Buyers also have to be numerate since merchandising is, after all, business. Therefore, they must be able to do basic costing – decide how to spend the allocation or budget given. 



What kind of personality suits this career? 

Firstly, buyers have to put aside their egos. When you are buying for a department store, you are buying what your customers like and not what you like. Your personal style may be very different, so you have to put that aside and think objectively of what will catch consumers’ attention.  

Secondly, you have to be genuinely interested in the job because work is hard and the hours can be long. This is definitely not a nine to five job. You are on the job every day of the year. When I am walking around a mall window-shopping, even on my day off, I will be thinking of aspects of the job – what will look good, etc. This is the attitude we want in potential buyers. The drive and passion must be there above everything else. 

Buyers also need a good sense of gauging fashion trends as we work six to nine months in advance. They have to be good at forecasting trends, colours, and fabrics.The danger is when your projection does not come true.  



What is the best part of your job? 

Well, travelling and working are still very enjoyable, even with the pressure. The best part is getting to work alongside creative people, both here and overseas. When you see an idea come into fruition – something being created, something that has never been done before – it is really amazing. It is creating something out of nothing.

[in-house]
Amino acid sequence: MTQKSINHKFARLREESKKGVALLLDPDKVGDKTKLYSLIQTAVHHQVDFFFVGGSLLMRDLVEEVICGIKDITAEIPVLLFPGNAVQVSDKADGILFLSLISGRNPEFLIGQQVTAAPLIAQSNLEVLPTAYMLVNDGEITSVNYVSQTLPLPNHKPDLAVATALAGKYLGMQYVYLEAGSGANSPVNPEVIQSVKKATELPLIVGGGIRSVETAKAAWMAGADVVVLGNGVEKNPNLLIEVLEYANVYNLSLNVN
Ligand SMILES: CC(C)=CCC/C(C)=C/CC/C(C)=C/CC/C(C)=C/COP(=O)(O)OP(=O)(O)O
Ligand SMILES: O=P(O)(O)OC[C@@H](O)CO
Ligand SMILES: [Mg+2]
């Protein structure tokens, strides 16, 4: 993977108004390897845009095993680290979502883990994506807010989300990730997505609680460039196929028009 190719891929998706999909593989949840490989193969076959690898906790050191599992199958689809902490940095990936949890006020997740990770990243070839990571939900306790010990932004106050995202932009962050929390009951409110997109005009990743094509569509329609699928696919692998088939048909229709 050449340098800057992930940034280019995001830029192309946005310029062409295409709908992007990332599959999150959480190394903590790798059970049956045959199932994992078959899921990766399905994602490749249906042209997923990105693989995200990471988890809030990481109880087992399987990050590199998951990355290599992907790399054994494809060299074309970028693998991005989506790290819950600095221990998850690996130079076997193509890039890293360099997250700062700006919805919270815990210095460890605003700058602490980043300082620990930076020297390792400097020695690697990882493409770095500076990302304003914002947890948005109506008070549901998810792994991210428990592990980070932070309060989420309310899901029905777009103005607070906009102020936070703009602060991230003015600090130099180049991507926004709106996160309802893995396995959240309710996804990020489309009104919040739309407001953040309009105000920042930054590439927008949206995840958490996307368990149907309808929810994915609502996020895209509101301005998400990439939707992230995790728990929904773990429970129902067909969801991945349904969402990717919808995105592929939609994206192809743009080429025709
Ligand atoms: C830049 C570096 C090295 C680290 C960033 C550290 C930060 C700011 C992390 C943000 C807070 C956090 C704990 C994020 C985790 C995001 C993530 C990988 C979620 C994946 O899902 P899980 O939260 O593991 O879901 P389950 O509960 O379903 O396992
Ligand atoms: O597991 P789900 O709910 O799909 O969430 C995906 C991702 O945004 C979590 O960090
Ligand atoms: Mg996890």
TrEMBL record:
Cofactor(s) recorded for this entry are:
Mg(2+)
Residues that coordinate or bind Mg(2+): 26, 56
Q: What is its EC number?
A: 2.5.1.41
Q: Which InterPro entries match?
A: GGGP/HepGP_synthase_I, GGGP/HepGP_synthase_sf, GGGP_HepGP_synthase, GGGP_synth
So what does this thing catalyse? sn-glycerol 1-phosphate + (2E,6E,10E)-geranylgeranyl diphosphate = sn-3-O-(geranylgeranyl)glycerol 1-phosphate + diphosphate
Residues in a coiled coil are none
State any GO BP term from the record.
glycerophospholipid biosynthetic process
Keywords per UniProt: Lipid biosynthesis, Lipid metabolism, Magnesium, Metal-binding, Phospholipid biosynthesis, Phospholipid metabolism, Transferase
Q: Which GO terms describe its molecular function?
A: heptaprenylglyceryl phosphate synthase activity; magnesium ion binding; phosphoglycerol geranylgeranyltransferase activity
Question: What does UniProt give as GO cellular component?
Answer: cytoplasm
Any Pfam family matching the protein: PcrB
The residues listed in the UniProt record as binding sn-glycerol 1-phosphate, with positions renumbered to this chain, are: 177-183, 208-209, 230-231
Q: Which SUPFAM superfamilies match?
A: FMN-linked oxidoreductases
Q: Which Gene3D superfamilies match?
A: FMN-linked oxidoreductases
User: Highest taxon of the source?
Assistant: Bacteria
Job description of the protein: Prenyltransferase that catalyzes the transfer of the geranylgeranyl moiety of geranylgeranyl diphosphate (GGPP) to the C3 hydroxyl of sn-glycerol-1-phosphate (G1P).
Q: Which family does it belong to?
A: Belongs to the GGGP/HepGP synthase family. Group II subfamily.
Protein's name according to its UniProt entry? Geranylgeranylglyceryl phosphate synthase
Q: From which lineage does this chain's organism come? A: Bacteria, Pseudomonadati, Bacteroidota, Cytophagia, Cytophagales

What is the worst part? 

Well, for ladies who need their beauty sleep, this may not be the ideal job. The worst part is the time – the job can take up a lot of your personal time. 

What is the salary range? 

An assistant buyer (fresh graduate) supports the buyer in delivering appropriate products on time within the budget and can earn RM1,600 to RM2,000. Buyers can earn RM2,200 to RM3,000, while senior buyers draw RM3,000 to RM4,500.  

From a senior buyer, you can progress to merchandising manager where you are responsible for overseeing a department in the merchandising division (ladies’ division, children’s division, etc), planning and reviewing store performance, and controlling stock intake. A merchandising manager’s salary can range from RM4,500 to RM6,000. 

Further up the ladder, you can be head of the merchandising division with overall responsibility for design, buying and product merchandising. At this stage, the salary can range from RM6,500 to RM12,000, or more.